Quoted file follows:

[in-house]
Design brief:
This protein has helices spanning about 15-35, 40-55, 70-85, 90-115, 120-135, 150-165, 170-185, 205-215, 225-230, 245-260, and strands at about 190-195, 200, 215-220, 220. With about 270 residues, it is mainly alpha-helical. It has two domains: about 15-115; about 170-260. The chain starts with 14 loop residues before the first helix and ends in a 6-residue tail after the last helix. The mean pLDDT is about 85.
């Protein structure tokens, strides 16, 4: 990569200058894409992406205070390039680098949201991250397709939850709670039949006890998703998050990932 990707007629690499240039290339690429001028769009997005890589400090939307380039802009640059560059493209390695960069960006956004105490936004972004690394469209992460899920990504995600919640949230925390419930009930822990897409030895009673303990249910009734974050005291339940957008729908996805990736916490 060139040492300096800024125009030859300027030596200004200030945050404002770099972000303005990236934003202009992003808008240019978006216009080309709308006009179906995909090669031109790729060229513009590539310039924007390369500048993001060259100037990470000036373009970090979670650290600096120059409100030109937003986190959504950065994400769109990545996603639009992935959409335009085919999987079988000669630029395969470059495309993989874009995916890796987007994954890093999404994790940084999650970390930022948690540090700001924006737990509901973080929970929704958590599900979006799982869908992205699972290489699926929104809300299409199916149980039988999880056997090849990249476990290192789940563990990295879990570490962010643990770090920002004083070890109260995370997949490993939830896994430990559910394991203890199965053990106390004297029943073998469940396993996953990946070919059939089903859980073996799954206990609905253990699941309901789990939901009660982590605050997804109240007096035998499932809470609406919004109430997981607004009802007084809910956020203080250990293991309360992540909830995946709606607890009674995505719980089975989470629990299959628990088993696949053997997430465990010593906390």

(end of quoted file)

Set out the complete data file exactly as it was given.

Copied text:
[in-house]
Design brief:
This protein has helices spanning about 15-35, 40-55, 70-85, 90-115, 120-135, 150-165, 170-185, 205-215, 225-230, 245-260, and strands at about 190-195, 200, 215-220, 220. With about 270 residues, it is mainly alpha-helical. It has two domains: about 15-115; about 170-260. The chain starts with 14 loop residues before the first helix and ends in a 6-residue tail after the last helix. The mean pLDDT is about 85.
């Protein structure tokens, strides 16, 4: 990569200058894409992406205070390039680098949201991250397709939850709670039949006890998703998050990932 990707007629690499240039290339690429001028769009997005890589400090939307380039802009640059560059493209390695960069960006956004105490936004972004690394469209992460899920990504995600919640949230925390419930009930822990897409030895009673303990249910009734974050005291339940957008729908996805990736916490 060139040492300096800024125009030859300027030596200004200030945050404002770099972000303005990236934003202009992003808008240019978006216009080309709308006009179906995909090669031109790729060229513009590539310039924007390369500048993001060259100037990470000036373009970090979670650290600096120059409100030109937003986190959504950065994400769109990545996603639009992935959409335009085919999987079988000669630029395969470059495309993989874009995916890796987007994954890093999404994790940084999650970390930022948690540090700001924006737990509901973080929970929704958590599900979006799982869908992205699972290489699926929104809300299409199916149980039988999880056997090849990249476990290192789940563990990295879990570490962010643990770090920002004083070890109260995370997949490993939830896994430990559910394991203890199965053990106390004297029943073998469940396993996953990946070919059939089903859980073996799954206990609905253990699941309901789990939901009660982590605050997804109240007096035998499932809470609406919004109430997981607004009802007084809910956020203080250990293991309360992540909830995946709606607890009674995505719980089975989470629990299959628990088993696949053997997430465990010593906390």